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Property-tax hikes prompt Yonge Street's small businesses to consider closing

The atmosphere among the small business community on Yonge Street is tense.

Christopher Katsarov/The Globe and Mail

George Giaouris is considering shutting down his Toronto business, Northbound Leather Ltd., after 30 years because of a devastating setback: After paying $4,000 per month in property taxes for 2016, Mr. Giaouris, 54, is now being asked to pay double that.

Northbound Leather Ltd. is one of several small businesses along Yonge Street dealing with higher property-tax bills. Some owners, such as Mr. Giaouris, are facing hikes of 100 per cent or more according to their 2017 property assessments – which, critics say, is a result of an unfair and unpredictable tax system that treats big and small buildings the same way.

"I can't afford to build a 50-storey building, let alone pay my taxes and neither can my neighbours. We don't want anything more, we are just asking to be treated fairly within our limits," said Mr. Giaouris.

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The Municipal Property Assessment Corporation (MPAC), which assesses the property values for all buildings in Ontario every four years, said the concerns of these businesses are being heard and a review of these properties is happening.

"Property assessments within the Heritage District on Yonge Street, between Bloor and College, are in the process of being revised to ensure the values reflect the local market," an MPAC spokesperson said in an e-mail to The Globe and Mail.

But with the 51-year-old House of Lords hair salon set to close in October partly due to increasing property taxes, many entrepreneurs on Yonge Street are afraid. The Yonge Street Small Business Association is organizing meetings and handing out pamphlets to make the public aware of the issue.

MPAC assesses properties according to potential value of the land and "best use" rather than its actual use. This means that small businesses, in places such as Yonge Street, are expected to pay similar property tax as if they were to develop a 40-storey condo. As prices for nearby homes soar, prices for all types of properties in the area rise, whether it's a stubby shop or a towering plaza.

While cities and towns rely on the taxes as an important revenue source, critics say the assessment system is unfair. Queen Street and King Street have faced similar difficulties with property assessments, said Councillor Kristyn Wong-Tam, who represents Ward 27, Toronto Centre-Rosedale.

"Right now the MPAC model of the assessment is not working. Small two- to three-storey buildings should not be assessed in the same way as a large development site is assessed," said Ms. Wong-Tam. "It's very disturbing; small business owners and operators are the lifeline of Yonge Street in many ways. We need them."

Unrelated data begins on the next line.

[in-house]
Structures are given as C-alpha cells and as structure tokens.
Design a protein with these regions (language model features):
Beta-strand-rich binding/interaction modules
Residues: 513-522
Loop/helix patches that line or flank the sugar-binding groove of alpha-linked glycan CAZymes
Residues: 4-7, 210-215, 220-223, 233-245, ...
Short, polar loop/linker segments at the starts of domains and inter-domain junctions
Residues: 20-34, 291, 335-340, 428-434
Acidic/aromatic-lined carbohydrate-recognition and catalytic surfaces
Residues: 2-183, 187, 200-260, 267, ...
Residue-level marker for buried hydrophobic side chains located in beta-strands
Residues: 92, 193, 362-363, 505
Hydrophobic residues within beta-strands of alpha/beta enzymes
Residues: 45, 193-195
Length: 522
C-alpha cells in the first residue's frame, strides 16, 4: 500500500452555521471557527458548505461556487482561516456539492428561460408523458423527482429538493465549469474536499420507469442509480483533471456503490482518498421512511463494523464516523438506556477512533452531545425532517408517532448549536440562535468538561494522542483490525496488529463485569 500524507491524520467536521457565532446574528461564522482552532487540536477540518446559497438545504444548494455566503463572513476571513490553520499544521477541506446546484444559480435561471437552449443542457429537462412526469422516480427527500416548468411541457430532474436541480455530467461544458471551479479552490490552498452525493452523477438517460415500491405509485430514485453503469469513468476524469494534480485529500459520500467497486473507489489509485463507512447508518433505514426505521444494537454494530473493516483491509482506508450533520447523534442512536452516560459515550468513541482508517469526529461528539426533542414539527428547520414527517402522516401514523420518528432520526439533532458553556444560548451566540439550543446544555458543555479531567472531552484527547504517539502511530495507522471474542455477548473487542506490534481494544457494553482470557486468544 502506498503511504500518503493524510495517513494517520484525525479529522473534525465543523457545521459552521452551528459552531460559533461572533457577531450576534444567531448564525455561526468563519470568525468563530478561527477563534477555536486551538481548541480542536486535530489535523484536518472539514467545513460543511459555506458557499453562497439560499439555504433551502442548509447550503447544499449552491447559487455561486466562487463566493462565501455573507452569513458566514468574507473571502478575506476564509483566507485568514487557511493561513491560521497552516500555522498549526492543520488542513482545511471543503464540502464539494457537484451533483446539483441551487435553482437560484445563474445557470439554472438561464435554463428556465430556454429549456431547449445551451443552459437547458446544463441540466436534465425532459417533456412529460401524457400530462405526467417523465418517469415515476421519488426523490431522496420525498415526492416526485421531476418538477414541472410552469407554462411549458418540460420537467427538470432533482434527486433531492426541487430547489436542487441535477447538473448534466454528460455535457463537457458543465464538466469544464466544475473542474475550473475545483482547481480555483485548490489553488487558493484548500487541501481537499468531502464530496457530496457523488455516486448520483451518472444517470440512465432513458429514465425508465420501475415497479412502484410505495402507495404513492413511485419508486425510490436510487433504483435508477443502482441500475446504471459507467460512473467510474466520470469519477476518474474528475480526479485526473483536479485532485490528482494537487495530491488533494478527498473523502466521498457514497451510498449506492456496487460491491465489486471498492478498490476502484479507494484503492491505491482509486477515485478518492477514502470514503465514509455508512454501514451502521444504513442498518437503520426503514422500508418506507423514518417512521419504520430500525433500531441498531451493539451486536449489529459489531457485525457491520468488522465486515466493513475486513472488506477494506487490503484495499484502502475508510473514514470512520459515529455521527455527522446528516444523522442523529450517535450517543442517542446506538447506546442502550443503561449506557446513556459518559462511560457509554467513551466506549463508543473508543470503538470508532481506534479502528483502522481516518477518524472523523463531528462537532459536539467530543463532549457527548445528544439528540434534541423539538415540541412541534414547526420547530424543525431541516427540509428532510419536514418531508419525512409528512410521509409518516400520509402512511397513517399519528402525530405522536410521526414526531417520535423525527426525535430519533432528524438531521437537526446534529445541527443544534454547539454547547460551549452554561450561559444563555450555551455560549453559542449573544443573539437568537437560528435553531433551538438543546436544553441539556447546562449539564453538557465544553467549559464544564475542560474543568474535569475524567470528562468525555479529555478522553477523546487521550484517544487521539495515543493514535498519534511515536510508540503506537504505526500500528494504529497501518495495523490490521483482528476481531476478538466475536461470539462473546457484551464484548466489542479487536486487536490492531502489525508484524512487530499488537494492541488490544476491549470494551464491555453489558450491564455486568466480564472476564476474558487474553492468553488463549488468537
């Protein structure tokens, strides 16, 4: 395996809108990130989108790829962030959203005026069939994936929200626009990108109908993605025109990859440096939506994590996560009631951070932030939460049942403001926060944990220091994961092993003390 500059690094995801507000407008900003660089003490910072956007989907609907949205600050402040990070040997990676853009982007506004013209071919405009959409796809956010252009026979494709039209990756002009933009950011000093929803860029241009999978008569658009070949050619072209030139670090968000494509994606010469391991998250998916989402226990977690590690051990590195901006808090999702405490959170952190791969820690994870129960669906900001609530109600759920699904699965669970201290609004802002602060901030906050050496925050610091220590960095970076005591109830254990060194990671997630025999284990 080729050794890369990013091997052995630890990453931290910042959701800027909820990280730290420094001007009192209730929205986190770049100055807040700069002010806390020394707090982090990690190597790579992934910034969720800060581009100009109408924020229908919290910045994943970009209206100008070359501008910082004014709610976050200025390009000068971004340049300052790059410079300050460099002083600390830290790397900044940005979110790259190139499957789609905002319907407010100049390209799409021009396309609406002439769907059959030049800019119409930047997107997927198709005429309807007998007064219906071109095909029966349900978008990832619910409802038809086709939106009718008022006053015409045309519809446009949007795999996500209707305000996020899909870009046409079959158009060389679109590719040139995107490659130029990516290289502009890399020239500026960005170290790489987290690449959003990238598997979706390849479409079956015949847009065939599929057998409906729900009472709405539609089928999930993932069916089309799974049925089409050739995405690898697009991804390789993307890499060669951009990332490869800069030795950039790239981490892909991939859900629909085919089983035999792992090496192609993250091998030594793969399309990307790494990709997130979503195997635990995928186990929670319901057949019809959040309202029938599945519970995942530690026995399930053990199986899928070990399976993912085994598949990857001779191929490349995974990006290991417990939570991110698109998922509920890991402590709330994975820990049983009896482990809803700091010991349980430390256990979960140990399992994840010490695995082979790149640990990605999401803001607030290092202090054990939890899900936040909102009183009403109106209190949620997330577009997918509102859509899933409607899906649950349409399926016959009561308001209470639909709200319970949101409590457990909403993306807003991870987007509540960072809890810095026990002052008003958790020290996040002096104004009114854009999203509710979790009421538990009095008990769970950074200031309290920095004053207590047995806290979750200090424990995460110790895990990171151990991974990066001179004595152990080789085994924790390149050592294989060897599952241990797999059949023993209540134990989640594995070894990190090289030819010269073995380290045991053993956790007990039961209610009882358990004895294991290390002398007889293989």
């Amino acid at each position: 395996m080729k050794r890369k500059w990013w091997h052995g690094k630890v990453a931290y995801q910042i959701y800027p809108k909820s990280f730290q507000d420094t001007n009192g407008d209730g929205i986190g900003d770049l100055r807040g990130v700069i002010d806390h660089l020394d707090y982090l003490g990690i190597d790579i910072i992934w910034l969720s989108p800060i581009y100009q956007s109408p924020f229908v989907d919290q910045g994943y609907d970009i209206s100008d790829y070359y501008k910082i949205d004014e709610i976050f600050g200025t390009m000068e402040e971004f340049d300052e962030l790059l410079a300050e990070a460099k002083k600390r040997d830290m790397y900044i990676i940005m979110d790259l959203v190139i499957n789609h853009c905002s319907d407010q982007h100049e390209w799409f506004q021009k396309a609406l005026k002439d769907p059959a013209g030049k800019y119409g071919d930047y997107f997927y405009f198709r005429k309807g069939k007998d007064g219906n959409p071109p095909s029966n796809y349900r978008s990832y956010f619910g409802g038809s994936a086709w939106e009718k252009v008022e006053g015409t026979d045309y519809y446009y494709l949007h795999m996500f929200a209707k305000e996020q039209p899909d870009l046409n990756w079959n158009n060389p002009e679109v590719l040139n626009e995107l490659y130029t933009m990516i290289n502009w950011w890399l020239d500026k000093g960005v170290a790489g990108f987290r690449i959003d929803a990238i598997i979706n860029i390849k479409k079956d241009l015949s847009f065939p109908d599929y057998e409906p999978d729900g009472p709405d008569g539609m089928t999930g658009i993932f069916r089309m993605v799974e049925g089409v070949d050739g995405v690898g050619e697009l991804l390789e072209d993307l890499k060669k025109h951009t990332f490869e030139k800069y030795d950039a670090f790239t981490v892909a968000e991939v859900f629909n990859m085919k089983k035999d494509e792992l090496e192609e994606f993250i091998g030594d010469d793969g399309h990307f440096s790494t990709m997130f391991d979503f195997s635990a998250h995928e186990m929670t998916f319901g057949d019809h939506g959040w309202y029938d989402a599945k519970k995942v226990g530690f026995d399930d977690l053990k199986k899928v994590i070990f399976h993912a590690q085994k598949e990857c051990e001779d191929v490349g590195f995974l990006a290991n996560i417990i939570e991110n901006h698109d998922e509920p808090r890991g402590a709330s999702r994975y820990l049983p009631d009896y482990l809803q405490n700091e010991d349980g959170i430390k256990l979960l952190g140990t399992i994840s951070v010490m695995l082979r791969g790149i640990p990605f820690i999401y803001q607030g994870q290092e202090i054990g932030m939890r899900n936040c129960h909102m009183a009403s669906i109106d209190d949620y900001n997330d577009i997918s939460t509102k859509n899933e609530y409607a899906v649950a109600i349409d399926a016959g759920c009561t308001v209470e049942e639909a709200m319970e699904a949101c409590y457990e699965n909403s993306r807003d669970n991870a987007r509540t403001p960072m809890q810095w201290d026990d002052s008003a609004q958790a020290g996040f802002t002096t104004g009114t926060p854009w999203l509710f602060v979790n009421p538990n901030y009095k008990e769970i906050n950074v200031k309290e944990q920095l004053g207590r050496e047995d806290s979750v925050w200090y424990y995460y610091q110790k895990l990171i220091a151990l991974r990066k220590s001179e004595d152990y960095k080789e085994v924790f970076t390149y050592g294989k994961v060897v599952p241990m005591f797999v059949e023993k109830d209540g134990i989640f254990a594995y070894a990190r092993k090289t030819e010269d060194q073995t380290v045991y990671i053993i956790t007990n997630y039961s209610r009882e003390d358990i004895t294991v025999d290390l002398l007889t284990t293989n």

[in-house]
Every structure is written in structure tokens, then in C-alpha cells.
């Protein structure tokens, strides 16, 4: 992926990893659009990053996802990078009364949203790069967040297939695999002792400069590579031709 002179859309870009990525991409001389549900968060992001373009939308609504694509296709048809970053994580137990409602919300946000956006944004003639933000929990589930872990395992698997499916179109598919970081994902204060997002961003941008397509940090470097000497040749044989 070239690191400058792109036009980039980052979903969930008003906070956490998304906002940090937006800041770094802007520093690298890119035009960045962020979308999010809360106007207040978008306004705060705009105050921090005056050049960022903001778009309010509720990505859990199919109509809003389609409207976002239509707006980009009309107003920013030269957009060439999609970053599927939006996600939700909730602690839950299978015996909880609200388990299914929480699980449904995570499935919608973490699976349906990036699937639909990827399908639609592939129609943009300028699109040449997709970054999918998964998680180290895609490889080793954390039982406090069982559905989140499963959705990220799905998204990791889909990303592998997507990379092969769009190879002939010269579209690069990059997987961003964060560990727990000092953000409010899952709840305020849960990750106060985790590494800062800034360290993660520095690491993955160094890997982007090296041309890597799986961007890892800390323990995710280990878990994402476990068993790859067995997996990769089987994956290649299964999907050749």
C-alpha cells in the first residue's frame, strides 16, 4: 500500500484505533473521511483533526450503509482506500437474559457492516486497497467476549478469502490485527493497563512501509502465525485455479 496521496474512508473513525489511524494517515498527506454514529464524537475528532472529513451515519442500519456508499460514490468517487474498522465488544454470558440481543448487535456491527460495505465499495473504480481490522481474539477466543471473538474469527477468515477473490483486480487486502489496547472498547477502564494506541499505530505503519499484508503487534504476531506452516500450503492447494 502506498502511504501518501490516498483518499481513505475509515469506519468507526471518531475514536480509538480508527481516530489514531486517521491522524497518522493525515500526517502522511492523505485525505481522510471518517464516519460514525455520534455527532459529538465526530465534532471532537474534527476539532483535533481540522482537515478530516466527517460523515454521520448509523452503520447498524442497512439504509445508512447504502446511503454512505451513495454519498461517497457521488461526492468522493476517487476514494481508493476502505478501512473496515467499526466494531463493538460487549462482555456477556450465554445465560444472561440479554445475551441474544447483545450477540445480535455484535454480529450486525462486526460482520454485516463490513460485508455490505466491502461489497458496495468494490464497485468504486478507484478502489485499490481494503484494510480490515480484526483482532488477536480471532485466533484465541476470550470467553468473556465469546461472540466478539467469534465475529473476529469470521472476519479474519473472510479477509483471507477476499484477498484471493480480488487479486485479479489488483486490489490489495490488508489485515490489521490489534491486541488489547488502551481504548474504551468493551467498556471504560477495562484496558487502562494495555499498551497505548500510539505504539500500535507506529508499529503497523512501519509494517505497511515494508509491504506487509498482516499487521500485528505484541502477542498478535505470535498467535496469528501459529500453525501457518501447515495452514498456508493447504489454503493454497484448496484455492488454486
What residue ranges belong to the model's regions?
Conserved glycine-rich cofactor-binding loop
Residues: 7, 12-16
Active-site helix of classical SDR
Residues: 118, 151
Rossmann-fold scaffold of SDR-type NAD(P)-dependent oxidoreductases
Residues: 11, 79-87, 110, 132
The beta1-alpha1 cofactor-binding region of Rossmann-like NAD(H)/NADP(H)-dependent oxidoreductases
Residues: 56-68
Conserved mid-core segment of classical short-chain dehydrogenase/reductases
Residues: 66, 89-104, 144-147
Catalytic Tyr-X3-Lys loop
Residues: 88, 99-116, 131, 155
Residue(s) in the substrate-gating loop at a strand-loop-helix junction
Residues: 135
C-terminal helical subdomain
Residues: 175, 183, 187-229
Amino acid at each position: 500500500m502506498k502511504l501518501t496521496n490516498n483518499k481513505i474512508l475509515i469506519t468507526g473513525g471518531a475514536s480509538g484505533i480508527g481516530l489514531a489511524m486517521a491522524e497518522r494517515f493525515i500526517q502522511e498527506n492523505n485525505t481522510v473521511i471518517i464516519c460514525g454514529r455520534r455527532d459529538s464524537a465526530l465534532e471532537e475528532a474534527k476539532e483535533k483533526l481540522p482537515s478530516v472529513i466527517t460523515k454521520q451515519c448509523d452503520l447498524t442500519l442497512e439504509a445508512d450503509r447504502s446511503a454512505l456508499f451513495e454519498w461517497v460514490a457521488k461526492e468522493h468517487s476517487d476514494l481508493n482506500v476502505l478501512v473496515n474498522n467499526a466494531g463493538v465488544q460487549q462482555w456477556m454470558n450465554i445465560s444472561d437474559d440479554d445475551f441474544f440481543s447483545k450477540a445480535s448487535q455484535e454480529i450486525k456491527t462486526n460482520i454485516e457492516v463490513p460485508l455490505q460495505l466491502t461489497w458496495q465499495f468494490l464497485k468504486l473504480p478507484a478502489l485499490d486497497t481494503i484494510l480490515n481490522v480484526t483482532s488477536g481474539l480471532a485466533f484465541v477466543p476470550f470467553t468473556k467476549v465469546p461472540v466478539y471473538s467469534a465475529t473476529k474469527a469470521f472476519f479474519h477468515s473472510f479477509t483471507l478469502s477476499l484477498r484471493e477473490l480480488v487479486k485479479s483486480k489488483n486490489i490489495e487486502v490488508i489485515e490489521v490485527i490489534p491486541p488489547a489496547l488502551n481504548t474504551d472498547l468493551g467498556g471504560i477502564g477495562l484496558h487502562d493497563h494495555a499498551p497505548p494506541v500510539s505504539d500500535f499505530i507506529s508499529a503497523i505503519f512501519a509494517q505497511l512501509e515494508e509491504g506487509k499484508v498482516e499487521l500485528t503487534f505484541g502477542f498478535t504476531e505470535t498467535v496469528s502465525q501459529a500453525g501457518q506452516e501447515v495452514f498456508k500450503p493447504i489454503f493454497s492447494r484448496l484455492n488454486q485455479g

Mr. Giaouris said he believes too much is being expected from these businesses, adding, "We can't be expected to both add character and vibrancy to the street and make 'best use' of the property. It's like trying to get two types of milk from one cow."

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Sanjoy Kundu, a landlord and owner of costume shop Theatrics Plus, paid $20,000 in property taxes last year. This year, he estimates it will be close to $40,000. The hikes may mean his business will have to shut down as well, he said.

"I don't want to close down – this is my livelihood, it's what I use to take care of my family," Mr. Kundu said. "There is a service that I offer to our community that no other store in Canada has. I don't want to lose that."

Along with encouraging businesses on Yonge Street to appeal their assessments, Ms. Wong-Tam said she is working to get MPAC to change the way it assesses smaller properties.

"In the long term, we will ask them to reconsider the way they evaluate these properties so people don't have to be shocked every four years when their properties are reassessed," she said.

The atmosphere among the small business community on Yonge Street is tense. Typically, commercial real estate landlords pass tax increases directly to tenants, who pay a "base rent," as well as an additional rent that includes a yearly adjusted tax. Some landlords have not told their tenants about the tax increases because they are afraid they will close up shop.

"I've never seen anything like it," said John Kiru, executive director of the Toronto Association of Business Improvement Areas, which represents more than 40,000 local businesses. "Small businesses in this city are starting to reach the tipping point, which is when tenants are actually paying more annually for taxes than they are for rent to the landlord."

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